Book: Eat Smart in Sicily, (2008) by Joan Peterson and Marcella Croce
A GUEST POST by Jessica Voigts
People who love to learn will adore this travel guide. Eat Smart in Sicily is filled with history, culture, language, food, markets, recipes (!), photos and more. THIS is one of those books that make you instantly want to delve into more like it – fascinating, and eminently readable. I’ve learned so much about Sicily and its history and various cultural influences, and how they’ve mixed throughout history and can now be seen in the food in Sicily. This book is written by Joan Peterson, PhD, and co-authored by Marcella Croce, who lives in Palermo. The book chapters include the Cuisine of Sicily, Local Sicilian Food, Tastes of Sicily (recipes), Shopping in Sicily’s Food Markets, Resources, Helpful Phrases, Menu Guide, Foods and Flavors Guide, and Restaurant Recommendations. WOW!
I was lucky enough to sit down and talk with Joan about her book, her travel history, and all about food. Yes, I am now seriously planning a trip to Sicily, just because of this book! Here’s what Joan had to say…
Wandering Educators: Please tell us about your book, Eat Smart in Sicily: How to Decipher
the Menu, Know the Market Foods, & Embark on a Tasting Adventure.
Joan Peterson: I have answered this in the plural, i.e. about all our guides: The multi-chaptered EAT SMART guides focus on WHAT there is to eat at a foreign destination. They cover all aspects of a nation’s food: the history of its cuisine; the types of regional foods and dishes; traditional recipes, which are contributed by chefs and are included so readers can preview the tastes of the country before departure or enjoy the flavors again upon their return; phrases to use in the market and restaurant; resources to help locate hard-to-find ingredients for the recipes; shopping tips; a market glossary (Foods & Flavors Guide) AND a menu glossary (Menu Guide); as well as a cross-referenced index so searching for terms can be made in English as well.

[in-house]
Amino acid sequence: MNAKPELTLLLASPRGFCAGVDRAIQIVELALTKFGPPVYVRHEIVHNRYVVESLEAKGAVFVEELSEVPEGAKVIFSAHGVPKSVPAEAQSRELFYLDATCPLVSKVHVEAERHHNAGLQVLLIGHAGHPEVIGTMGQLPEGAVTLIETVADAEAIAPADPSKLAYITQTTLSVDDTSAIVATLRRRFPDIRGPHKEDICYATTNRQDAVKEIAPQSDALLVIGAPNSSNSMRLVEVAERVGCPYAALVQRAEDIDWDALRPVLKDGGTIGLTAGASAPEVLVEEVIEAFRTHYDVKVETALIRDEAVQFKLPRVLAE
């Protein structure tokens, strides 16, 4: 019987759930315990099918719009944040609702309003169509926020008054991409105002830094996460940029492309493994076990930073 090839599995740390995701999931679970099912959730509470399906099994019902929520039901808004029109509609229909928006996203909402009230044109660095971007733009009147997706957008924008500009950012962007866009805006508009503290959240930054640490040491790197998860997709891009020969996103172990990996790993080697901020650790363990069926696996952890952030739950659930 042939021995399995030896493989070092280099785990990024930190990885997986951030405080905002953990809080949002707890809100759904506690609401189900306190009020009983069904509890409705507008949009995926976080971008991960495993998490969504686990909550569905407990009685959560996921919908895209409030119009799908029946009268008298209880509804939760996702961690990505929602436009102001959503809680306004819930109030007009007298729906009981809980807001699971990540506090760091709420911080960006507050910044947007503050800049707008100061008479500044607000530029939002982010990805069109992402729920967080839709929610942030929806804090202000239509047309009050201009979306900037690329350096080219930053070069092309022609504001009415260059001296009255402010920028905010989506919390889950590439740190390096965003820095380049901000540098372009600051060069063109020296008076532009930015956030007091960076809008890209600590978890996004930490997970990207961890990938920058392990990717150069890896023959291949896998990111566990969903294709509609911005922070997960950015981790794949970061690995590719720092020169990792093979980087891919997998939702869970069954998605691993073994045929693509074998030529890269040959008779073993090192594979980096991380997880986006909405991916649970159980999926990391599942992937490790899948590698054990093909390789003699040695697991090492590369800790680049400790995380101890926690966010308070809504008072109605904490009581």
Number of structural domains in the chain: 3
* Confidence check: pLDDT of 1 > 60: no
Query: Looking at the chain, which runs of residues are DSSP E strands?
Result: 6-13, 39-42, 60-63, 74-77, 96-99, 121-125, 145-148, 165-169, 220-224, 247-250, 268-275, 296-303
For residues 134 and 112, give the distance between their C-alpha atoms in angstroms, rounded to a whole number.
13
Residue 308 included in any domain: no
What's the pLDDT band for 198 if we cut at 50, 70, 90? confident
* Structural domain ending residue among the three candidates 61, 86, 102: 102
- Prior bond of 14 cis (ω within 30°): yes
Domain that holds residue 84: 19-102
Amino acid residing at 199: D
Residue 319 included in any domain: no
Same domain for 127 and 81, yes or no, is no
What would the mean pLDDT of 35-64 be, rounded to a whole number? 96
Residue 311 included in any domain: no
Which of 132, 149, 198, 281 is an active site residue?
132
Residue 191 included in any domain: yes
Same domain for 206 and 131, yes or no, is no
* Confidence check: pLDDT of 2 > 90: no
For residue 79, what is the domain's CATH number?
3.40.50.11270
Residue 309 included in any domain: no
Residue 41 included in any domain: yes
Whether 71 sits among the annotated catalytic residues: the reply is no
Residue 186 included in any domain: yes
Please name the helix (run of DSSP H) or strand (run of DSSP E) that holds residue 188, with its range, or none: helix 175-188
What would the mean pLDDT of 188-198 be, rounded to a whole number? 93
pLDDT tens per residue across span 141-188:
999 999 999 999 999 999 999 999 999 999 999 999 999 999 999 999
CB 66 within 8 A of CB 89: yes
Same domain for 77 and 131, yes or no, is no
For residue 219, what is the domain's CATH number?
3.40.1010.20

Note that general guidebooks do provide information on WHERE to eat, offering a handful of restaurant suggestions in each location. I preferred to exclude this content since it was available, but more importantly, I omitted it because the information becomes dated rather quickly: restaurants come and go, and management and chefs undergo turnover. The fare at a once highly recommended restaurant can go downhill and without up-to-date information a traveler can be in for a surprise. And there’s always the consideration that recommendations can be rather subjective. What one reviewer thinks is top notch may be a dismal choice for another diner.
WE: What is your background/interest in Sicily?
JP: I am not Sicilian/Italian.
I was intrigued about Sicily because most people who visit mainland Italy don’t visit the delightful island of Sicily, and there isn’t as much written about the food of this region of Italy. So I decided I’d feature Sicily’s delicious cuisine in my next guidebook and hope to lure more travelers to the island. I’ll be covering the cuisine of Norway next.
To read the rest of the interview, please see Wandering Educators.